Sunday, April 17, 2011

Innovative Medical Technologies Help to Rehabilitate Patients’ Mental and Physical Abilities

Employing approaches that include computer gaming methods, virtual reality and robotics, New Zealand researchers are at the forefront of developing new medical technologies that help patients regain cognitive and physical abilities following stroke, trauma or other debilitating illness.
“We are today seeing the emergence of diverse scientific efforts throughout New Zealand’s research institutions and companies that are generating innovative new technologies and products directed at helping those recovering from serious injuries or illness more fully participate in daily life,” said George Arnold, Program Manager, Health, New Zealand Trade and Enterprise. “Many of these advances are resulting from the effective convergence of computer science and medical technology.”
For example, a computer game-like system developed by scientists at New Zealand’s Crown Research Institute, Industrial Research Limited (IRL), and licensed to start-up company, Im-Able Ltd., uses a handlebar-like air mouse and a series of simple computer exercises to improve arm movements, coordination and cognitive skills of patients with neurological or musculoskeletal impairment. “Patient feedback to date has been beyond our expectations, with patients reporting gains in function from use of the Able-X device, even many years after their stroke injury,” said Sunil Vather, Ph.D., Chief Executive of Im-Able. “An affordable product designed for easy use at home, the Able-X allows patients to continue their rehabilitation in their own time and speed once they have left the hospital or rehabilitation facility.” Already commercially available in New Zealand and Australia, Dr. Vather noted that the company planned to seek both U.S. FDA approval and a European CE Mark for the product during 2011.
Research at the University of Canterbury under a program led by Professor Tanja Mitrovic is aimed at extending 16 years of research advances in the field of artificial intelligence and computer-based learning to helping patients improve their cognitive skills following a stroke. “We hope to use the knowledge we’ve gained in creating responsive computer-based learning environments for students at the university and high school level, to develop systems that can evaluate an individual stroke patient’s skills and respond with appropriately challenging tasks that help improve their attention and working memory,” said Prof. Mitrovic. The multi-disciplinary research effort, which includes collaboration with Dr. Stellan Ohlsson, Professor of Psychology at the University of Illinois, Chicago, is supported by a prestigious Marsden Fund grant for fundamental scientific research from the Royal Society of New Zealand.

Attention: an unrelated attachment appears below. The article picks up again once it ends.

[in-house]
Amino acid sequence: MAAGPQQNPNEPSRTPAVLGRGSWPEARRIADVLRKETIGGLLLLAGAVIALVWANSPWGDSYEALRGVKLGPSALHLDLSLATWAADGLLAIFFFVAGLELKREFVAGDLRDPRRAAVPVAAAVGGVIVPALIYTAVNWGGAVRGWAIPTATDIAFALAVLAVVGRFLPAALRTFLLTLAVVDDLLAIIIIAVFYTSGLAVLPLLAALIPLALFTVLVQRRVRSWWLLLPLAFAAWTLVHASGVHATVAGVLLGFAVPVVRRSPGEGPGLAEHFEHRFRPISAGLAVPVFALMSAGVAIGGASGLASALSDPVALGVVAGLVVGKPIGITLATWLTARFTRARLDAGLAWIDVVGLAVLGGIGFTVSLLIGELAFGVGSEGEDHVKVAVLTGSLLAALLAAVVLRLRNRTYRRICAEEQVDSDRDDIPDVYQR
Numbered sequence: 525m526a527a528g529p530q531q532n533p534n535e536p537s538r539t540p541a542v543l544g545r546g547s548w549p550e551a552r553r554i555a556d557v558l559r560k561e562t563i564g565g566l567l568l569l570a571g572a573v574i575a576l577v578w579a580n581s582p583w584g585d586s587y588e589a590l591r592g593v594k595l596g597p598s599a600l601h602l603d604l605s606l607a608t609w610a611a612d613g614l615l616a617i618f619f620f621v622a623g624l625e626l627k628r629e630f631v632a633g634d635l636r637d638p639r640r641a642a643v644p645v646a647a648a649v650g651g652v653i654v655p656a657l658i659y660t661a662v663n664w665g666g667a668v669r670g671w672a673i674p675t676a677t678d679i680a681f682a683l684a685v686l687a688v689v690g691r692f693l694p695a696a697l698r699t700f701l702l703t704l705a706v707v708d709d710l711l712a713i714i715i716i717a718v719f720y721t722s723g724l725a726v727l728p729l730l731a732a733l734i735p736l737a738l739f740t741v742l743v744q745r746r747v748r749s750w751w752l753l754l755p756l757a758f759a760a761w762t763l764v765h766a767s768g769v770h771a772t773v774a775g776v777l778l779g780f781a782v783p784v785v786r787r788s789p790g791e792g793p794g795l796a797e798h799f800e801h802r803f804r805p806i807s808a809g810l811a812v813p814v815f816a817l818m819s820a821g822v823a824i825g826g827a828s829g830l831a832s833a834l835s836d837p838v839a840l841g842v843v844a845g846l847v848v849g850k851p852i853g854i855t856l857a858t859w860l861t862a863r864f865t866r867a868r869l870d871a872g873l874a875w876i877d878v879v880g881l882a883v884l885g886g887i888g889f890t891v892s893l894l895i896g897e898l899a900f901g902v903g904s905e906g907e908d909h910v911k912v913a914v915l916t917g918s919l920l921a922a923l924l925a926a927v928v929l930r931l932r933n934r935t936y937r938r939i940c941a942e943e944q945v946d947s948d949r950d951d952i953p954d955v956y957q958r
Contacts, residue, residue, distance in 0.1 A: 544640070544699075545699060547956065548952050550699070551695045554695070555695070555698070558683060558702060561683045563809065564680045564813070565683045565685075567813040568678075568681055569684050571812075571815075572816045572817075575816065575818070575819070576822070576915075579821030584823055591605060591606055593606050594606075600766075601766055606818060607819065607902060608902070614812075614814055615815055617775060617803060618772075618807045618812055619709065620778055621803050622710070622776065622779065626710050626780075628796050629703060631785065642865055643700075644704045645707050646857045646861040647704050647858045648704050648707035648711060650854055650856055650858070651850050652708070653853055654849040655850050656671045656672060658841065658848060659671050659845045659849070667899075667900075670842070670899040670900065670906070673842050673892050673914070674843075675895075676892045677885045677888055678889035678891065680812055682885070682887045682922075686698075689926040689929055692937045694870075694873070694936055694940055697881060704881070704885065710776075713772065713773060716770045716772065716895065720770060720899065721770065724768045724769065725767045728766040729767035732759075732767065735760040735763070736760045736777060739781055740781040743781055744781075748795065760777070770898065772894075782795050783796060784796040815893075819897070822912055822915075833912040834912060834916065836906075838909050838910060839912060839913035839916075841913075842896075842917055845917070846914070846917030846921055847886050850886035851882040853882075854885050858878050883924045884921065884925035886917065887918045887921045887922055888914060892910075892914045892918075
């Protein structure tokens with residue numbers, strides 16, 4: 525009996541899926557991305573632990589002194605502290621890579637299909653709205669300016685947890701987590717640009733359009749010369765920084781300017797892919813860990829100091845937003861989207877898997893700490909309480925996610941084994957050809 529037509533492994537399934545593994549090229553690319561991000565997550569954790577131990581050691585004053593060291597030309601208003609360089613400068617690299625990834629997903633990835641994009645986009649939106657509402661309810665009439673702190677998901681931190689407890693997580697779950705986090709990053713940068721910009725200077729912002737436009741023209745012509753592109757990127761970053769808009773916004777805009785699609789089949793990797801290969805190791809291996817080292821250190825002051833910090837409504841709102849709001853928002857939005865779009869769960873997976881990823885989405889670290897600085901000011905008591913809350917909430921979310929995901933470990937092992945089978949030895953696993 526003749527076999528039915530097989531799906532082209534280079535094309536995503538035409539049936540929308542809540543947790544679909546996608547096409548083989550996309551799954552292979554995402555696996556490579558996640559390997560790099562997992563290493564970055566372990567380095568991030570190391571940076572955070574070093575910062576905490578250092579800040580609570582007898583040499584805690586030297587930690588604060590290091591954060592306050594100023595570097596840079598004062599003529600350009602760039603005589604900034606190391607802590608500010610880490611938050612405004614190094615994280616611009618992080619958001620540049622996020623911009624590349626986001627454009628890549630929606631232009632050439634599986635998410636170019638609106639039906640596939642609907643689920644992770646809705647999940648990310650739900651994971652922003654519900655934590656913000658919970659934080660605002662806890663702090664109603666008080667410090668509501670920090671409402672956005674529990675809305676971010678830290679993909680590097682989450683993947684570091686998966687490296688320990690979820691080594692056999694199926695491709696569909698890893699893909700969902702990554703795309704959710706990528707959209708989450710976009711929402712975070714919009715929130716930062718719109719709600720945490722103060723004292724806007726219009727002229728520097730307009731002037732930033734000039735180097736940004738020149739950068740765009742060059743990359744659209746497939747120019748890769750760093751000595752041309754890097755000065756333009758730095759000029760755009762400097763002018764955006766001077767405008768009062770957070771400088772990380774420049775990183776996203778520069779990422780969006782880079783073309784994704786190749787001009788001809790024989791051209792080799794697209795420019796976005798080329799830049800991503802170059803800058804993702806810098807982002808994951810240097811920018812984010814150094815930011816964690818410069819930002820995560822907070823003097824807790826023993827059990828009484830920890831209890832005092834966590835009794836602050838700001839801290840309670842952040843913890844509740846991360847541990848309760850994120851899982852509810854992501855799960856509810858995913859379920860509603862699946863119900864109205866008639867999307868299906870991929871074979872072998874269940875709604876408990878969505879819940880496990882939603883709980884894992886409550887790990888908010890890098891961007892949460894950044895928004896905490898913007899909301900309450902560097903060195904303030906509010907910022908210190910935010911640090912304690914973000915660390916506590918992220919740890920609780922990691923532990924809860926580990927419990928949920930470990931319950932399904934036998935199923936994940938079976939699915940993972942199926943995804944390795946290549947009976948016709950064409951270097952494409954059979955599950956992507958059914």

Advances in robotics are also helping wheelchair users to increase their mobility and ability to overcome barriers in daily life, as illustrated by Rex, the robotic exoskeleton. Designed and built in New Zealand by Rex Bionics, Rex is not a replacement for the wheelchair, but it enables people who cannot walk because of spinal cord injury or with chronic physical conditions such as muscular dystrophy to stand, walk, turn, and climb stairs and slopes. “Rex enables users to stand and socialize or work, and to overcome many day-to-day obstacles like climbing a few steps into a building or using a standard kitchen,” said Jenny Morel, Chairman and Chief Executive Officer of Rex Bionics. “In addition, there are well documented medical benefits associated with standing and walking, such as improved circulation and bone density, better skin condition, fewer bladder infections and pressure sores that can come with extensive wheelchair use.”
“I’ve found the New Zealand medical technology sector’s creativity and desire to explore and innovate to be extremely exciting,” says Professor Jonathan Sackier of the University of Virginia, who has played a significant role in the development of many medical technologies and serves as a director to Rex Bionics. “A surprisingly large number of innovative medical products with the potential to significantly help those whose lives are affected by injury or chronic illness are coming out of this small country.” more read....